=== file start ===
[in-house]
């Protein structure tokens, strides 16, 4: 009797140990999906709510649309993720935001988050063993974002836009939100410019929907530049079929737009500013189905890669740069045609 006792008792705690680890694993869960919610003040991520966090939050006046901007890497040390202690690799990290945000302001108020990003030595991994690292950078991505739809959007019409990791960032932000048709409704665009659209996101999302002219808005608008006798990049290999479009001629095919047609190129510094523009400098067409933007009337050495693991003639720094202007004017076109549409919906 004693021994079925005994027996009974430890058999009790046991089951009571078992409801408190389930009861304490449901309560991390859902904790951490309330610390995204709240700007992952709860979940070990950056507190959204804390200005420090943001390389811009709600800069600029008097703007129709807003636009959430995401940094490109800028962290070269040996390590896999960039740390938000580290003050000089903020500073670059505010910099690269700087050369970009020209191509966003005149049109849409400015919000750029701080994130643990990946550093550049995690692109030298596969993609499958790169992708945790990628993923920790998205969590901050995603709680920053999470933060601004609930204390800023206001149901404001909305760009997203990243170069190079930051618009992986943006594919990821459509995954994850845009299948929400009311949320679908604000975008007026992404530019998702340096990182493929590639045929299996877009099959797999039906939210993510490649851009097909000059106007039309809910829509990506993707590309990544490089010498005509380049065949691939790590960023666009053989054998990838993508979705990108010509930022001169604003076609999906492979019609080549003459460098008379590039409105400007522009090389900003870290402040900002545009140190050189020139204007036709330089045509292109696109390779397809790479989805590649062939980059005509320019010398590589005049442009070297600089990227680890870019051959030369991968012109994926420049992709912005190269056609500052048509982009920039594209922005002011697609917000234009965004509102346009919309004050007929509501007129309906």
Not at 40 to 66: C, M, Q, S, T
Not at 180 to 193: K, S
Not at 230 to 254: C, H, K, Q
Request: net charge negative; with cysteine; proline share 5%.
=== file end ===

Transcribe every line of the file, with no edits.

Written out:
[in-house]
């Protein structure tokens, strides 16, 4: 009797140990999906709510649309993720935001988050063993974002836009939100410019929907530049079929737009500013189905890669740069045609 006792008792705690680890694993869960919610003040991520966090939050006046901007890497040390202690690799990290945000302001108020990003030595991994690292950078991505739809959007019409990791960032932000048709409704665009659209996101999302002219808005608008006798990049290999479009001629095919047609190129510094523009400098067409933007009337050495693991003639720094202007004017076109549409919906 004693021994079925005994027996009974430890058999009790046991089951009571078992409801408190389930009861304490449901309560991390859902904790951490309330610390995204709240700007992952709860979940070990950056507190959204804390200005420090943001390389811009709600800069600029008097703007129709807003636009959430995401940094490109800028962290070269040996390590896999960039740390938000580290003050000089903020500073670059505010910099690269700087050369970009020209191509966003005149049109849409400015919000750029701080994130643990990946550093550049995690692109030298596969993609499958790169992708945790990628993923920790998205969590901050995603709680920053999470933060601004609930204390800023206001149901404001909305760009997203990243170069190079930051618009992986943006594919990821459509995954994850845009299948929400009311949320679908604000975008007026992404530019998702340096990182493929590639045929299996877009099959797999039906939210993510490649851009097909000059106007039309809910829509990506993707590309990544490089010498005509380049065949691939790590960023666009053989054998990838993508979705990108010509930022001169604003076609999906492979019609080549003459460098008379590039409105400007522009090389900003870290402040900002545009140190050189020139204007036709330089045509292109696109390779397809790479989805590649062939980059005509320019010398590589005049442009070297600089990227680890870019051959030369991968012109994926420049992709912005190269056609500052048509982009920039594209922005002011697609917000234009965004509102346009919309004050007929509501007129309906």
Not at 40 to 66: C, M, Q, S, T
Not at 180 to 193: K, S
Not at 230 to 254: C, H, K, Q
Request: net charge negative; with cysteine; proline share 5%.